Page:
Systems and Software Inc
Security Best Practices .

Security Best Practices

Security Best Practices

Passwords

Tip: Use an 8+ character password with mixed case/numbers/symbols along with 2FA (Two-Factor Authentication)

Passwords are among the first lines of defense to fail. It won’t surprise anyone that the two most commonly used passwords are ‘123456’ and ‘password’. Many of us are afraid to create complex passwords for fear of forgetting them.

The easiest method to harden your password security is to think of at least three 8+ character passwords with mixed case/numbers/symbols. ‘Mentally label’ each of the three passwords as green/yellow/red. Choose the green password for the lowest security sites that have no real personal info — save the red passwords for banking or shopping sites that retain your account numbers and credit cards. As these passwords are used for more and more sites, rotate out your green password and replace it with yellow and red — making them the new green password. Lastly, establish a new red password for your highest security sites.

Even an 8+ character password, though, can be guessed by special hacking computers within 5-6 hours. We must also pair our complex passwords with 2-step verification or 2-factor authentication where a successful login then prompts us to confirm our identity with a code sent to our mobile phone or email address. Google has supported 2-Step-Verification for years and if not already using it for your Google/Gmail accounts, you should enable it immediately.

Any site that holds sensitive information that does not support 2FA, should really be reconsidered as a site you continue using or at least should have a 12 or 15 or 20 character complex password — or better, passphrase such as, “my b1rthplace 1s Cleveland” (include spaces).

Website Security

Tip: Login to websites only if they display a ‘lock’ in the address bar

Websites that require a user to login with an established username and password are responsible for protecting the information they retain — passwords, addresses, credit card info, etc — with a security protocol called SSL. This protocol prevents unauthorized websites to mimic or ‘pose’ as valid sites and also prevents ‘eavesdropping’ of data while traveling between your computer and the site.

You can recognize websites that have established this security certification by looking in the web browser address bar when visiting the site.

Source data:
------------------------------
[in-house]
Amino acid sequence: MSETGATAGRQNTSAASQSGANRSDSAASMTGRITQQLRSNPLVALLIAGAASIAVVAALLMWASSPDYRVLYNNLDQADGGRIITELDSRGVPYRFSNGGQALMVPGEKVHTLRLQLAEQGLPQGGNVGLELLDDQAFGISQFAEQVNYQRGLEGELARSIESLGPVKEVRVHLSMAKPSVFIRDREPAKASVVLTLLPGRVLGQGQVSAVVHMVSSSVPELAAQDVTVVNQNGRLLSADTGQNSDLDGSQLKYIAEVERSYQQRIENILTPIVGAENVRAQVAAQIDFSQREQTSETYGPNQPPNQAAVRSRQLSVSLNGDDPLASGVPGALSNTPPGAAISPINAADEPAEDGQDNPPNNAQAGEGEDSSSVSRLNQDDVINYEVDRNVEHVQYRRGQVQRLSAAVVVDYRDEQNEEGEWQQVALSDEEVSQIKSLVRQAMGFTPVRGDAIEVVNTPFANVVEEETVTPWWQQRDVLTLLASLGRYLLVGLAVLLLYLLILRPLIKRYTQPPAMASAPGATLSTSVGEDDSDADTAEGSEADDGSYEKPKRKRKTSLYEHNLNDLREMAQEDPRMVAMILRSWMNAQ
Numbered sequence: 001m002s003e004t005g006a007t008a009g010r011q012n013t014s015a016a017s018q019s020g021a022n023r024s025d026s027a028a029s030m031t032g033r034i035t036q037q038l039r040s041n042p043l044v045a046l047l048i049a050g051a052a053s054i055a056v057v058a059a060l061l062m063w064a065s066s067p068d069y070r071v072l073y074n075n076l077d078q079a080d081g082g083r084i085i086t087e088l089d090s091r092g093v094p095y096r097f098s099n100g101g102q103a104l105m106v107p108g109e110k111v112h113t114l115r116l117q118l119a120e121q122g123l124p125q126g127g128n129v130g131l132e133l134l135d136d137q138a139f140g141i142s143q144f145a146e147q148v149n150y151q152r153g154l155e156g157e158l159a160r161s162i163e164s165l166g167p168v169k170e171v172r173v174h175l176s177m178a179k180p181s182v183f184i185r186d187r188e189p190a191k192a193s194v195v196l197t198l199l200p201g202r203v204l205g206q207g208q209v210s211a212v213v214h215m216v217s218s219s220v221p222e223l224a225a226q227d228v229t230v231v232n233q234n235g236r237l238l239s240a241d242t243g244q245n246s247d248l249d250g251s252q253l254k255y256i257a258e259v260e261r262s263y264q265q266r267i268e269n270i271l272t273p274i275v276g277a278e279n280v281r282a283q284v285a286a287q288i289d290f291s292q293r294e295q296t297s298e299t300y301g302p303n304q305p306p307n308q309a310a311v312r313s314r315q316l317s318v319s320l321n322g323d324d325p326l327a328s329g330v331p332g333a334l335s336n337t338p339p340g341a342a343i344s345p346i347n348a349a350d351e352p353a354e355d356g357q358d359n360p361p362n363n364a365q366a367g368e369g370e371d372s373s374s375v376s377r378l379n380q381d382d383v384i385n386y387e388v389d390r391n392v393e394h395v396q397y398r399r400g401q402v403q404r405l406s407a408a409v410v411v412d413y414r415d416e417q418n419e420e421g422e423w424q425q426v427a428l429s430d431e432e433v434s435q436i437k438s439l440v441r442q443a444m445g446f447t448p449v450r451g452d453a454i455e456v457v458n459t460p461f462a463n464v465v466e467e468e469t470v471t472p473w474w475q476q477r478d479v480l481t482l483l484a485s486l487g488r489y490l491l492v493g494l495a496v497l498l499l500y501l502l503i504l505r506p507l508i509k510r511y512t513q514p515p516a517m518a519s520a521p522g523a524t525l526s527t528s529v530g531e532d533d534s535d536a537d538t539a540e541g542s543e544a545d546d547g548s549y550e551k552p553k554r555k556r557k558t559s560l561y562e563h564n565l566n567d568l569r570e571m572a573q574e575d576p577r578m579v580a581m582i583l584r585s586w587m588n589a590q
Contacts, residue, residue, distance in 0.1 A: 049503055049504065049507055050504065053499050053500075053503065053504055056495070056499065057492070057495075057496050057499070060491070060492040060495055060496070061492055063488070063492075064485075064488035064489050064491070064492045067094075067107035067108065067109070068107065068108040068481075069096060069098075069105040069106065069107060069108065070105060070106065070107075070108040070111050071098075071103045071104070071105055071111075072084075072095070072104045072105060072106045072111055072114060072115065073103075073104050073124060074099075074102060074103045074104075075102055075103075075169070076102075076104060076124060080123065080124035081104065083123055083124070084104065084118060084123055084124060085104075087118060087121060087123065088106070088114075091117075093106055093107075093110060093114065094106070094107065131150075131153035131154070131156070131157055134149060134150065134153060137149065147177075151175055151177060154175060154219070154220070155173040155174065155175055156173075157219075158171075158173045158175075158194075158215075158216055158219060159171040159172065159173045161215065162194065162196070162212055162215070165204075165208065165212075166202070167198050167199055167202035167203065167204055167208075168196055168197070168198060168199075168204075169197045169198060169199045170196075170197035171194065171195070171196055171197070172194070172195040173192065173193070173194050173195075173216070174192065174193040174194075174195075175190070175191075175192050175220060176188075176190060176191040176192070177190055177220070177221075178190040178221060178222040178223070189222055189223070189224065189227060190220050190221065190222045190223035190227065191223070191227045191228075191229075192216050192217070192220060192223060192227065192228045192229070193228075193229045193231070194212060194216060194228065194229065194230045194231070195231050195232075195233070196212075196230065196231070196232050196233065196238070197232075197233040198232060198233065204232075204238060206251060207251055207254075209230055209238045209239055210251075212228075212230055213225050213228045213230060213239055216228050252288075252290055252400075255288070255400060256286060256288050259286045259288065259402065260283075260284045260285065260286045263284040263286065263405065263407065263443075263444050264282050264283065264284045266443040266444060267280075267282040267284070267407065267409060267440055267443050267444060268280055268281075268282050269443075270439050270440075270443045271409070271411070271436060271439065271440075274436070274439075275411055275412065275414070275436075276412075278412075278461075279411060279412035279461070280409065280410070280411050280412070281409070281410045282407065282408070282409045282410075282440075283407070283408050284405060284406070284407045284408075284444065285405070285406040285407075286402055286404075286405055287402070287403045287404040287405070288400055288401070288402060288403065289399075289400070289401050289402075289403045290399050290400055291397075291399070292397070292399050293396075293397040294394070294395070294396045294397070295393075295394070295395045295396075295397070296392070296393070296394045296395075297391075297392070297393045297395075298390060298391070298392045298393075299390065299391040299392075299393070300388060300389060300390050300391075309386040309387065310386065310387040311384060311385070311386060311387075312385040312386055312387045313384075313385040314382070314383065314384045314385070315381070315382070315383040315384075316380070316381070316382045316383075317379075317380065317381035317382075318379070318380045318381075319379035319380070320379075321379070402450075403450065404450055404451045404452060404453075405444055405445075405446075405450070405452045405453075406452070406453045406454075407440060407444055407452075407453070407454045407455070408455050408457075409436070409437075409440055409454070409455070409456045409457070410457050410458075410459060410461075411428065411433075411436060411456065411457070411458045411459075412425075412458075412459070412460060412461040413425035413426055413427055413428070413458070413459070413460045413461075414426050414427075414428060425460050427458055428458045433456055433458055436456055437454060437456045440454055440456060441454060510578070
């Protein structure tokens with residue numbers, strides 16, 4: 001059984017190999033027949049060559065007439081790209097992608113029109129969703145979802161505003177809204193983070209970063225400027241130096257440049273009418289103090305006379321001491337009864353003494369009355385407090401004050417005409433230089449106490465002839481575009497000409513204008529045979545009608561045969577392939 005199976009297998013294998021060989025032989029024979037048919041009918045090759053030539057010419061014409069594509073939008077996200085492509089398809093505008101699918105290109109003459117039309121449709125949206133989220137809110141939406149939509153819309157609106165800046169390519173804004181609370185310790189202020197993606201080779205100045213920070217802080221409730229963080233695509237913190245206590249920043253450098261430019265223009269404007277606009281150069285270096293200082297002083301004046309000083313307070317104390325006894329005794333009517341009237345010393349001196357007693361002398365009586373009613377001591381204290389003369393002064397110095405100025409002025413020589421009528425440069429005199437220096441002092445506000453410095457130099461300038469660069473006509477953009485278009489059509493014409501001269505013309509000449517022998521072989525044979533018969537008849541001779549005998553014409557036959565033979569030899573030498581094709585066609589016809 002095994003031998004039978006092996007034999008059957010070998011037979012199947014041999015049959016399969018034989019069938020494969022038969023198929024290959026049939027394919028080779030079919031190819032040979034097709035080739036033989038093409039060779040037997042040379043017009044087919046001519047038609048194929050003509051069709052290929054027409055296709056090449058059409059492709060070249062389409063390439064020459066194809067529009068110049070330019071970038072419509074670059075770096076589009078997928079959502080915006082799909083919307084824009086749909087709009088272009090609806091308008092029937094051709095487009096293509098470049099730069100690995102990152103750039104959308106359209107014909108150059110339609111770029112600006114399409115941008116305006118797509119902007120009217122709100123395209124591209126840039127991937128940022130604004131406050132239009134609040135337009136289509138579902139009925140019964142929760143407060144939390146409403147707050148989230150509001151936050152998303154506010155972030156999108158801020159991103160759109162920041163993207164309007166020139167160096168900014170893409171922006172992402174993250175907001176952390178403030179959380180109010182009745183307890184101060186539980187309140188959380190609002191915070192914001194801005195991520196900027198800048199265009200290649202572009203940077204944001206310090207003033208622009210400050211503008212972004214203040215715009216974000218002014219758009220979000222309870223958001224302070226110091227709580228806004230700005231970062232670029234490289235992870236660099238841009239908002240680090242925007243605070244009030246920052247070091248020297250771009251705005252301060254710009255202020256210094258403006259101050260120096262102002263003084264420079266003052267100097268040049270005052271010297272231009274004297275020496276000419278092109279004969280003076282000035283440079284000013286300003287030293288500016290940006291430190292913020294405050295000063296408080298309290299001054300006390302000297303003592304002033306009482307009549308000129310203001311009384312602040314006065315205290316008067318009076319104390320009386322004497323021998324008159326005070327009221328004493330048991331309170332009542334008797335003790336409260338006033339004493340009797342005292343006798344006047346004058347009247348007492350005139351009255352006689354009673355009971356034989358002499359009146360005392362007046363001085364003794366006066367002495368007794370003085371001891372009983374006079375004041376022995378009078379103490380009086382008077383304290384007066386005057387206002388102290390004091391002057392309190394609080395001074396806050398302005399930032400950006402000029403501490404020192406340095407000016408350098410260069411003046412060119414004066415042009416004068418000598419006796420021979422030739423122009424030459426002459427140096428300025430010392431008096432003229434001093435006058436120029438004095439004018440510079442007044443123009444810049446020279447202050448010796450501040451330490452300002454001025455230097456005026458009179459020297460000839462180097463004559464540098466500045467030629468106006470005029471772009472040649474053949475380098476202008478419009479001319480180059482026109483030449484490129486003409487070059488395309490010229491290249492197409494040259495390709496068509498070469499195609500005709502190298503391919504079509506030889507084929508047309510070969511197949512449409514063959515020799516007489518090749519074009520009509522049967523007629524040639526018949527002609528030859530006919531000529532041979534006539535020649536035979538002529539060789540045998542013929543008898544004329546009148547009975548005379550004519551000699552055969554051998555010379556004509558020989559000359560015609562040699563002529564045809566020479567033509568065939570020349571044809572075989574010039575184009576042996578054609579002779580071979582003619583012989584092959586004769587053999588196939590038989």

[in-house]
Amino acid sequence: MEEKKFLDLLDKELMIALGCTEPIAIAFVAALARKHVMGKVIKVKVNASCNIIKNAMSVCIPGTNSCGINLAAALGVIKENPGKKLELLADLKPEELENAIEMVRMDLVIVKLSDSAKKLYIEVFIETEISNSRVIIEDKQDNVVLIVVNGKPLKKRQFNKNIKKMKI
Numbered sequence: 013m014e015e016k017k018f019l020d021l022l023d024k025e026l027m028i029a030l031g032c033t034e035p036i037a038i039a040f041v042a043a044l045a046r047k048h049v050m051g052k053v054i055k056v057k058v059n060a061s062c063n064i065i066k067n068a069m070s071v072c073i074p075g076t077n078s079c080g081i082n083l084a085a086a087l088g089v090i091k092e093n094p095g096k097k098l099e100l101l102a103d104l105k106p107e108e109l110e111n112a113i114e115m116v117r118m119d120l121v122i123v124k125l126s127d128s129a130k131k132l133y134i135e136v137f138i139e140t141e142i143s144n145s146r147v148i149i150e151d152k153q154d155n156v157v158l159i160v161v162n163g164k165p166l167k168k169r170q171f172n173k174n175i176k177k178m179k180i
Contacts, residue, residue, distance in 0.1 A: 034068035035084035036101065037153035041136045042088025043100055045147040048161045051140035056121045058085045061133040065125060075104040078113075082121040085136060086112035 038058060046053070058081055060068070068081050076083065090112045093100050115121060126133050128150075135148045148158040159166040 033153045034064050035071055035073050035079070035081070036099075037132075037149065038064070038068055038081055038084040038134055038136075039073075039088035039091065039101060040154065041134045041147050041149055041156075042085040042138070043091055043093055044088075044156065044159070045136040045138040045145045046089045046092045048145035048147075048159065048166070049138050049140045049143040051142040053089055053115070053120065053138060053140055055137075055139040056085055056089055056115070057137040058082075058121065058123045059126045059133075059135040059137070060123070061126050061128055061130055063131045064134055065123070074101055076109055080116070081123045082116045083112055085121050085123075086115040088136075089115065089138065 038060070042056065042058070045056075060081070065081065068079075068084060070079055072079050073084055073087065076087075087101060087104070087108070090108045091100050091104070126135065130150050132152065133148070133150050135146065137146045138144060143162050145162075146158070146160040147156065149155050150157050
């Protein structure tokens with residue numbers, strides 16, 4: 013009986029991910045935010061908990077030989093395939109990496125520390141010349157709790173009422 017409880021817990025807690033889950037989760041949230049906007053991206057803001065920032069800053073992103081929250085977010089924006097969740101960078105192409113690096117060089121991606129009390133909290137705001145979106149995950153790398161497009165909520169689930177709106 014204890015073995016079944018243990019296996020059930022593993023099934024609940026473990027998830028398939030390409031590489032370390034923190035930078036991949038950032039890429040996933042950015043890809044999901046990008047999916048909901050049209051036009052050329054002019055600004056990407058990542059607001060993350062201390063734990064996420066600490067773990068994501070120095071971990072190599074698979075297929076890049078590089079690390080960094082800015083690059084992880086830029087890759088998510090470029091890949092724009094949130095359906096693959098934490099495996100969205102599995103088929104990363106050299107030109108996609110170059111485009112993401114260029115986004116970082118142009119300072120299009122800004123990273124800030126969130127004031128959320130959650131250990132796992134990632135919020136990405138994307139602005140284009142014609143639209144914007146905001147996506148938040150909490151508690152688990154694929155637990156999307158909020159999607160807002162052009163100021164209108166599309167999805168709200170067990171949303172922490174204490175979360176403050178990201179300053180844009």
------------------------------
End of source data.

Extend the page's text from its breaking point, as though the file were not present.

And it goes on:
Make it a policy to check for this security ‘lock’ before logging into any website and entering any personal information.

 

Web Browser

Tip: Use a Standards Compliant Web Browser such as Chrome, Firefox or Safari.

Your continued use of Microsoft’s Internet Explorer may be the cause of your past computer infections. The standards used to deliver web data have been notoriously non-standard when involving Internet Explorer historically. Though recent versions (like Microsoft Edge) have improved, there is little reason to maintain a loyalty to IE. Even if a website recommends its use, consider an alternative website that does NOT require it. Your security may be at risk.

Popular browsers like Chrome, Firefox and Safari allow for plug-ins, or helper programs, to add features and functionality by 3rd party software companies. We recommend adding the HTTPS Everywhere plug-in to your web browser. This plugin enforces the use of SSL or https on websites.

 

VPNs

Tip: Install a browser based or standalone VPN (Virtual Private Network) service for ~$4/month

Although mostly used by computer techies and foreign dissidents speaking out against their censoring governments, the use of VPNs is gaining attention in today’s security addled climate. This PC Magazine article best describes the function of a VPN and the excerpt below offers a brief summary.

We use and recommend KeepSolid’s VPN Unlimited which is reviewed in the article and selected as an Editor’s Choice.

What Is a VPN?
A VPN is a lot more than just something you need for remotely accessing your work files. When you switch on your VPN, it creates an encrypted tunnel between your computer and the VPN server, which can foil hackers or even government snoops trying to eavesdrop on your activities. From the server, your web traffic travels off into the public internet, but your actual IP address remains hidden. Data-hungry website advertisers see the IP address of the VPN server instead of your own. We recommend using a VPN as often as you can, but especially when your PC is connected to a public Wi-Fi network. When you hop on an unsecured network at the airport or coffee shop, you have no way of knowing whether the network is what it claims to be. Instead of a convenience offered to thirsty customers and weary travelers, the network could have been created by a hacker looking to intercept your data.  VPNs can also be used to disguise your actual location, which is why these services are often used by journalists and political activists operating in countries with restrictive internet controls.